Al-Anon’s Tradition 9: Our groups, as such, ought never be organized; but we may create service boards or committees directly responsible to those they serve.
When I first came to Al Anon I couldn’t figure this tradition out. How could a group work if it was never organized? Weren’t we organized in some way, with the meeting format and World Service? The Al-Anon book Paths to Recovery (in the chapter on Tradition 9) describes Al-Anon as having as a “common structure”. This chapter also mentions “Although not organized in the usual sense of the word, Al-Anon does have a service structure.” (p. 214 in the 1997 edition) This, of course, made me wonder about the difference between organization and structure.
|(Photo by Christa Richert.)|
The first “Members Share” story in the Paths to Recovery chapter on Tradition 9 tells of how a group became “organized”, which meant lots of procedures that chased people away. Also, the story mentions some members controlled the group and left others out. In the second “Members Share” story (p. 216 in the1997 edition) the Al-Anon member wrote, “Organization implies that some members have power or authority over others.” Making things voluntary means that one person does not decide who does which jobs—rotation of service helps keeps power issues in check. OK, I got this now.
I immediately thought of issues I’ve had with my former home group over the past year. At this time this year I wrote about a conflict in myhome group that now seems to relate to Tradition 9. Some parts of the Members Share stories in Paths to Recovery seem to be just like our situation. The controlling member of our group had one of two keys, had his name on the lease to the meeting space, was the treasurer for years and was in charge of the literature. He had also started the meeting years ago and had been doing all of these things since then. One day I helped him clean up and count money. He gave me a record sheet to fill out, which included a count of how many members were in attendance! He seemed to assume that I knew how to do things his way, as that was how everyone ended up doing it. I just guessed at the number and thought, “Boy, I’ll never help him clean up again!”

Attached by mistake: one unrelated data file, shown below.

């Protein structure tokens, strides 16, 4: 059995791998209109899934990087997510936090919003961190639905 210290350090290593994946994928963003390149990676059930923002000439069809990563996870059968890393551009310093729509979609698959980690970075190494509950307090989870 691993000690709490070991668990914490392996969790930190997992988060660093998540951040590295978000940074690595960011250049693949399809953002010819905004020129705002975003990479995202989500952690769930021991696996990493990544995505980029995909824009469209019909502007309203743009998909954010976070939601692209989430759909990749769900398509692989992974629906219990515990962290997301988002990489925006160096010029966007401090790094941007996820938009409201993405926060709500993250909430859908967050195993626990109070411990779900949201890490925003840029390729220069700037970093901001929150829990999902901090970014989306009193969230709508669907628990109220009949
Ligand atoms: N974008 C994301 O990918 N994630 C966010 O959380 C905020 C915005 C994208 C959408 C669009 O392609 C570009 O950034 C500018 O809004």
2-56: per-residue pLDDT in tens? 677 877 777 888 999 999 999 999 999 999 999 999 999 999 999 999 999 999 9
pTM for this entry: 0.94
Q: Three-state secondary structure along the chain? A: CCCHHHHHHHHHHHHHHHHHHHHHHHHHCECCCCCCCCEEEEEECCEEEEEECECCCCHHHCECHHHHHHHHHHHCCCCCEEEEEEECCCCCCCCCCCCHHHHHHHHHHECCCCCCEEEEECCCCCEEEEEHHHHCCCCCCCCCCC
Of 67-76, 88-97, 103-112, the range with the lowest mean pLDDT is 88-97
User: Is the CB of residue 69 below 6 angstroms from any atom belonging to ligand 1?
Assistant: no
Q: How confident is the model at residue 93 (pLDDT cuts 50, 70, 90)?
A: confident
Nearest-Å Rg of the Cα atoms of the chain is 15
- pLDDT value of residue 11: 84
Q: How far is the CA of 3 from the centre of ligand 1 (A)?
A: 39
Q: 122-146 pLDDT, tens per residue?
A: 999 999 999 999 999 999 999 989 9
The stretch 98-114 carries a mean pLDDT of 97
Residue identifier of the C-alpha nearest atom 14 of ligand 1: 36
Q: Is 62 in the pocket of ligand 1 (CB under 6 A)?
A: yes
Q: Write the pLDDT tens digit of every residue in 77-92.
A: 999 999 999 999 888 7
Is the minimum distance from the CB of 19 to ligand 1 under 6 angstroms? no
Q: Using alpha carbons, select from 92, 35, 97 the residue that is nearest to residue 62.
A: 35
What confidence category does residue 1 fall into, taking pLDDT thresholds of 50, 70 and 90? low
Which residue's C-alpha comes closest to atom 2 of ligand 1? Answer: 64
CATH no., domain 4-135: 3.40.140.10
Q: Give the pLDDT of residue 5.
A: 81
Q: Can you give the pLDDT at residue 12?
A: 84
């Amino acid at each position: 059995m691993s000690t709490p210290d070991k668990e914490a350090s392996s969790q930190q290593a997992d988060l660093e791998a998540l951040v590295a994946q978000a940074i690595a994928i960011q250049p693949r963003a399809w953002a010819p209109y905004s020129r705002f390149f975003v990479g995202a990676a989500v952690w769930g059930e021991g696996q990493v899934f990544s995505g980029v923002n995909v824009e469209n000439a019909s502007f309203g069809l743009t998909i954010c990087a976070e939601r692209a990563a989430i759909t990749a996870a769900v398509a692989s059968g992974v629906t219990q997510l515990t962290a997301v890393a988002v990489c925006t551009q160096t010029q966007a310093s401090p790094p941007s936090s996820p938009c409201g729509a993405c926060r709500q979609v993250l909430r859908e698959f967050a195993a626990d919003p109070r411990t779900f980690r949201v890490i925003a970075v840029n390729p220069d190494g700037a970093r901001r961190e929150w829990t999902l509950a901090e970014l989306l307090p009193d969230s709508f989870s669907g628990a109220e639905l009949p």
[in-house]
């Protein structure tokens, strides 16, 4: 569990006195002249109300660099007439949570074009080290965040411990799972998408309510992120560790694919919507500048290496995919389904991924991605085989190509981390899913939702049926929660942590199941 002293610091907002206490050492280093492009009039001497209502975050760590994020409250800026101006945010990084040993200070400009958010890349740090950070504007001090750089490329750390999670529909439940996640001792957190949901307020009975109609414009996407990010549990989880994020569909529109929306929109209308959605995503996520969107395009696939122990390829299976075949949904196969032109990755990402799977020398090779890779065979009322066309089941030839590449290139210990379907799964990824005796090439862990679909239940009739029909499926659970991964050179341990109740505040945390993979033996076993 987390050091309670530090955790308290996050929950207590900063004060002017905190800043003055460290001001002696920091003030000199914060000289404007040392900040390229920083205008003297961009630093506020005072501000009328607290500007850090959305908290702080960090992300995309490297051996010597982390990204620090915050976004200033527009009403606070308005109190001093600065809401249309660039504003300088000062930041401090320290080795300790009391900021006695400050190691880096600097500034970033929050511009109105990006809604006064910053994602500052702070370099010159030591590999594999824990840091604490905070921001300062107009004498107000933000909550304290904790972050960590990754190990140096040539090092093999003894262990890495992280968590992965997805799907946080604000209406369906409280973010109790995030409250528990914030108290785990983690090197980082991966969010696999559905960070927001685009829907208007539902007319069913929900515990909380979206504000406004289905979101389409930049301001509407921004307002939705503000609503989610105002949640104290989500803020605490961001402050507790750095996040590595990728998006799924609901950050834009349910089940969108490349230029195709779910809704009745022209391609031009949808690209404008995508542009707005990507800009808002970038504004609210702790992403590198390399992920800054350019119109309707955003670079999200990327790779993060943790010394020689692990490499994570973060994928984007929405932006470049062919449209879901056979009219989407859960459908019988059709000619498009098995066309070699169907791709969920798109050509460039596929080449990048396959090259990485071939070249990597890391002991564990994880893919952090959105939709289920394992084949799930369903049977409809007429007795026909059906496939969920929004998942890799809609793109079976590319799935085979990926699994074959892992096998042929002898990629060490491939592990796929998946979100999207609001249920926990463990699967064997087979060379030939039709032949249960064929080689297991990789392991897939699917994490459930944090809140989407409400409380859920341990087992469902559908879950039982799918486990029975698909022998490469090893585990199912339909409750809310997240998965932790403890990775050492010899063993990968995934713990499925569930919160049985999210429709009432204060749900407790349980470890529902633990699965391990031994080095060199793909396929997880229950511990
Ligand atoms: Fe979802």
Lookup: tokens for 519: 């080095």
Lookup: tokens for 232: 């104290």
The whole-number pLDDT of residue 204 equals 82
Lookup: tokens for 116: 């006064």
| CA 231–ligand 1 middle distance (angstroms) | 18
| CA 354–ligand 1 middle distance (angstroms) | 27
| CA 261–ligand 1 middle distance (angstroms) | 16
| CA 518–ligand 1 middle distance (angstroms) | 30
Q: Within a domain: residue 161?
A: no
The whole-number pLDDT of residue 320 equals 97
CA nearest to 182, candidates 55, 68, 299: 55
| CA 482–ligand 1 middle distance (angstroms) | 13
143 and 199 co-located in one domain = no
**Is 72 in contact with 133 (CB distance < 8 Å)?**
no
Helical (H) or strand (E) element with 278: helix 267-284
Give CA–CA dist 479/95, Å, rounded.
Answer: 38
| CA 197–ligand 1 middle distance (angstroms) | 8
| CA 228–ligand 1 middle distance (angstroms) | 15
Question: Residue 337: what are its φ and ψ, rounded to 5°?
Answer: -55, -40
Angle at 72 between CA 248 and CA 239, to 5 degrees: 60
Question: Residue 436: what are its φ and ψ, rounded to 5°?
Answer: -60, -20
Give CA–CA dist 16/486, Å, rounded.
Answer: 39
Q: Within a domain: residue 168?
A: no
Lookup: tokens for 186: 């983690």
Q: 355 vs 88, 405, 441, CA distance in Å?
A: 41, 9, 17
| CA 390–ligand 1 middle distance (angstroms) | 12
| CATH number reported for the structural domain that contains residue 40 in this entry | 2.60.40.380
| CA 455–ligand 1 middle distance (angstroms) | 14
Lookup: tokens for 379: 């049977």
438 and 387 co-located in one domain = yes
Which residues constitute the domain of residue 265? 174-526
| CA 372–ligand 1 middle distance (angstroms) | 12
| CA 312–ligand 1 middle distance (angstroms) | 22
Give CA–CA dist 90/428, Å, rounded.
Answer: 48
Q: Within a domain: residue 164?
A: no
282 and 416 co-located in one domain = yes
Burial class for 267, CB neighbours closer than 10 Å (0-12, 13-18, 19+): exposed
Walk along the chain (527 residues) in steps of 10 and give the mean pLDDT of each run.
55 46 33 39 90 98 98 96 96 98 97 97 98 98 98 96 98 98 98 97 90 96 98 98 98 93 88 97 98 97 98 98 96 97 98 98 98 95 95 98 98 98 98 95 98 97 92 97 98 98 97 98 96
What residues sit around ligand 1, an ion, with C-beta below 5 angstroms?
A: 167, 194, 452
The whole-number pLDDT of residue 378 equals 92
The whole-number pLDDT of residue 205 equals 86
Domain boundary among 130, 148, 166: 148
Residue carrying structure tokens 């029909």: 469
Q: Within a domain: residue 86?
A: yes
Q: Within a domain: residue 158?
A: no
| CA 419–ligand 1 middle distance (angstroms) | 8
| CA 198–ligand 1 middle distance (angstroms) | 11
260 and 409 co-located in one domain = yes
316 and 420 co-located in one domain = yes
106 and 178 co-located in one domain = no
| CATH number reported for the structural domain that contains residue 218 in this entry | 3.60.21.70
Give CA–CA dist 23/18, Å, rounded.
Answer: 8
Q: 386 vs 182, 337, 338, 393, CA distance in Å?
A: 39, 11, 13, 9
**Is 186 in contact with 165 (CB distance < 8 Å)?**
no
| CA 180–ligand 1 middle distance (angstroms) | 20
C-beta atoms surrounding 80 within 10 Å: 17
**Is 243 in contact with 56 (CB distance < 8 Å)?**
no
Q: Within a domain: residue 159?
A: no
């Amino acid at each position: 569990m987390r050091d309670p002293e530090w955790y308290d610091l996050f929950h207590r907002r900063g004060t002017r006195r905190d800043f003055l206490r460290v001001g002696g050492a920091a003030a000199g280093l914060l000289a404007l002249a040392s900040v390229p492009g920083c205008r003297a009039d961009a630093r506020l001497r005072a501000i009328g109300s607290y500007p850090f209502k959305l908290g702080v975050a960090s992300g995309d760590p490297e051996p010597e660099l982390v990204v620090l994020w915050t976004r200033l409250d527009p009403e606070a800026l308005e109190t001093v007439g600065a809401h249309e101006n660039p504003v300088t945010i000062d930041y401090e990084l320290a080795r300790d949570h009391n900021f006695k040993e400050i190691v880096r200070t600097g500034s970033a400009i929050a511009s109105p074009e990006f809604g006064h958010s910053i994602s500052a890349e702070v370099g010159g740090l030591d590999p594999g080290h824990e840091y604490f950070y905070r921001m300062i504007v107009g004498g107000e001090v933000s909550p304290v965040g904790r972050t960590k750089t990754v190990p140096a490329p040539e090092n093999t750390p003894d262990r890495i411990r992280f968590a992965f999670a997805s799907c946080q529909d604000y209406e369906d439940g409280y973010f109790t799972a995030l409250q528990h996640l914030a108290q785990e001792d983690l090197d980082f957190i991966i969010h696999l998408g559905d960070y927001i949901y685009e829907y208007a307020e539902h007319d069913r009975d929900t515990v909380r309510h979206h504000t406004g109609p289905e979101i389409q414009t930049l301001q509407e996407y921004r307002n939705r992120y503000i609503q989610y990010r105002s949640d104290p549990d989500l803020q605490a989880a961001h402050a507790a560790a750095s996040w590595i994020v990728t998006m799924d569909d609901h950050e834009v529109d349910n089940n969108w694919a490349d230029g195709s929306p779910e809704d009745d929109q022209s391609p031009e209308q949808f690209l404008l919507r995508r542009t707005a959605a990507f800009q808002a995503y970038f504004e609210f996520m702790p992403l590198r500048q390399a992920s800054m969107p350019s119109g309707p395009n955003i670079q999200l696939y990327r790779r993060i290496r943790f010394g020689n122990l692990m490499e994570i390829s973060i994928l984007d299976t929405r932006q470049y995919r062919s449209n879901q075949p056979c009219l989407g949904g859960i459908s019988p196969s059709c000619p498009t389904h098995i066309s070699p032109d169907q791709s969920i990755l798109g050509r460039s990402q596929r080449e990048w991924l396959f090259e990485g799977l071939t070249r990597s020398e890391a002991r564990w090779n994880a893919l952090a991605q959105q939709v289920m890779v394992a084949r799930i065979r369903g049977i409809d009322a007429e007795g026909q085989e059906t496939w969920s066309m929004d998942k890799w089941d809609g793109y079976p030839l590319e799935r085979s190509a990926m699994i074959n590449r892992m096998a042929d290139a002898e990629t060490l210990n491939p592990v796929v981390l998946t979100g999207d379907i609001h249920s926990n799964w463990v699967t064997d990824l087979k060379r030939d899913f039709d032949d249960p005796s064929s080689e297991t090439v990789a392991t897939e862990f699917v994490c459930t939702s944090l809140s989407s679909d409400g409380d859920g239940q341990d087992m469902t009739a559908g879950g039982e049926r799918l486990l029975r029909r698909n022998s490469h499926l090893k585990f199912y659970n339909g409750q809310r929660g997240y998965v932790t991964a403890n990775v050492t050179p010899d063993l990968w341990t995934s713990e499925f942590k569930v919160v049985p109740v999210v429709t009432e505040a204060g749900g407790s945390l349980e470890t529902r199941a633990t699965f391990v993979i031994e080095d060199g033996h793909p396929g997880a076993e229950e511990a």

That member left after a painful conflict that divided our group. This conflict is one of the reasons I chose to leave my home group as I no longer feel comfortable there and don’t feel that it is healthy.
Notes from meetings I’ve attended on Tradition 9 mention how this tradition relates to Steps 2 and 3- we have to trust the group to a Higher Power. Control issues arise if tradition 9 is not used. This is part of doing your part but not trying to make others do theirs. In our groups we can’t have the feeling that only one person can do things. It leads to members not feeling equal. Rigid division of labor doesn’t work, as someone pointed out in one of these meetings. We should just let it flow and jump in to help where needed.